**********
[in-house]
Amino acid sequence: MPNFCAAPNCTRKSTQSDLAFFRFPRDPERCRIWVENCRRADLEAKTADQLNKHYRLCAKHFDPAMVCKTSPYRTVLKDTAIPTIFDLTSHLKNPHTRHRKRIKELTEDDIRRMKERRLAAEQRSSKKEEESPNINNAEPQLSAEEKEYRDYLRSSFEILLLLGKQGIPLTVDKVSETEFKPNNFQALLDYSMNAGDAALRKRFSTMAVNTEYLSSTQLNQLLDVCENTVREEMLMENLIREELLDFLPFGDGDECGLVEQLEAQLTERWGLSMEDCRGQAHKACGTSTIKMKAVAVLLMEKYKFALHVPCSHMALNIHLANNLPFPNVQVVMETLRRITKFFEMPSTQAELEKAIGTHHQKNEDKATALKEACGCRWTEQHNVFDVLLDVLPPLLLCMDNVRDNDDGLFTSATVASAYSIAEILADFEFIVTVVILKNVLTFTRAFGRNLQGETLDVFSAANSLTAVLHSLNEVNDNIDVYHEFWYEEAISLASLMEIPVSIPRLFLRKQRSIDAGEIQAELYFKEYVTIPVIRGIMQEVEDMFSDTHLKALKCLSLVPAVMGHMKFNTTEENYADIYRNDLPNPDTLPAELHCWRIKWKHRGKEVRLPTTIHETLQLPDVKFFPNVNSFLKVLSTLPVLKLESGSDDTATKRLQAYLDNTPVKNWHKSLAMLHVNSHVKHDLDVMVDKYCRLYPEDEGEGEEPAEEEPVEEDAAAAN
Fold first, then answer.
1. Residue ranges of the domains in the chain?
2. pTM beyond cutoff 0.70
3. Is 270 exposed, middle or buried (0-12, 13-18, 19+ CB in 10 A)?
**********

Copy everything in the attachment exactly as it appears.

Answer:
[in-house]
Amino acid sequence: MPNFCAAPNCTRKSTQSDLAFFRFPRDPERCRIWVENCRRADLEAKTADQLNKHYRLCAKHFDPAMVCKTSPYRTVLKDTAIPTIFDLTSHLKNPHTRHRKRIKELTEDDIRRMKERRLAAEQRSSKKEEESPNINNAEPQLSAEEKEYRDYLRSSFEILLLLGKQGIPLTVDKVSETEFKPNNFQALLDYSMNAGDAALRKRFSTMAVNTEYLSSTQLNQLLDVCENTVREEMLMENLIREELLDFLPFGDGDECGLVEQLEAQLTERWGLSMEDCRGQAHKACGTSTIKMKAVAVLLMEKYKFALHVPCSHMALNIHLANNLPFPNVQVVMETLRRITKFFEMPSTQAELEKAIGTHHQKNEDKATALKEACGCRWTEQHNVFDVLLDVLPPLLLCMDNVRDNDDGLFTSATVASAYSIAEILADFEFIVTVVILKNVLTFTRAFGRNLQGETLDVFSAANSLTAVLHSLNEVNDNIDVYHEFWYEEAISLASLMEIPVSIPRLFLRKQRSIDAGEIQAELYFKEYVTIPVIRGIMQEVEDMFSDTHLKALKCLSLVPAVMGHMKFNTTEENYADIYRNDLPNPDTLPAELHCWRIKWKHRGKEVRLPTTIHETLQLPDVKFFPNVNSFLKVLSTLPVLKLESGSDDTATKRLQAYLDNTPVKNWHKSLAMLHVNSHVKHDLDVMVDKYCRLYPEDEGEGEEPAEEEPVEEDAAAAN
Fold first, then answer.
1. Residue ranges of the domains in the chain?
2. pTM beyond cutoff 0.70
3. Is 270 exposed, middle or buried (0-12, 13-18, 19+ CB in 10 A)?